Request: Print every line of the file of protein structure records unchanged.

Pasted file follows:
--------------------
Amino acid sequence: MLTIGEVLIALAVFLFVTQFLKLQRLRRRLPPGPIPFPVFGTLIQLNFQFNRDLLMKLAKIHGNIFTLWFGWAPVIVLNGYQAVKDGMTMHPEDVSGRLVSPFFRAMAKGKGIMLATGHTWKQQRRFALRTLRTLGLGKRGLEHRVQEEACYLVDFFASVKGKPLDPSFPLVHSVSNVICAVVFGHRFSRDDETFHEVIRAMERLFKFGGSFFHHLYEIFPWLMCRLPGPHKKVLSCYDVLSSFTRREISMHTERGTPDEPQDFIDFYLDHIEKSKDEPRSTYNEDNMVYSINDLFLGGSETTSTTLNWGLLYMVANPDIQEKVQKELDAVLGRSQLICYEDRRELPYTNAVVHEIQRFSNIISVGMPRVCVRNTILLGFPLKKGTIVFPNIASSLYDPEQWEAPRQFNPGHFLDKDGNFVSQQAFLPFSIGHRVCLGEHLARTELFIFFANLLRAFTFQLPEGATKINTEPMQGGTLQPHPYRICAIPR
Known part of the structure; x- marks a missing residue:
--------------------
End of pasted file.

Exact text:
Amino acid sequence: MLTIGEVLIALAVFLFVTQFLKLQRLRRRLPPGPIPFPVFGTLIQLNFQFNRDLLMKLAKIHGNIFTLWFGWAPVIVLNGYQAVKDGMTMHPEDVSGRLVSPFFRAMAKGKGIMLATGHTWKQQRRFALRTLRTLGLGKRGLEHRVQEEACYLVDFFASVKGKPLDPSFPLVHSVSNVICAVVFGHRFSRDDETFHEVIRAMERLFKFGGSFFHHLYEIFPWLMCRLPGPHKKVLSCYDVLSSFTRREISMHTERGTPDEPQDFIDFYLDHIEKSKDEPRSTYNEDNMVYSINDLFLGGSETTSTTLNWGLLYMVANPDIQEKVQKELDAVLGRSQLICYEDRRELPYTNAVVHEIQRFSNIISVGMPRVCVRNTILLGFPLKKGTIVFPNIASSLYDPEQWEAPRQFNPGHFLDKDGNFVSQQAFLPFSIGHRVCLGEHLARTELFIFFANLLRAFTFQLPEGATKINTEPMQGGTLQPHPYRICAIPR
Known part of the structure; x- marks a missing residue: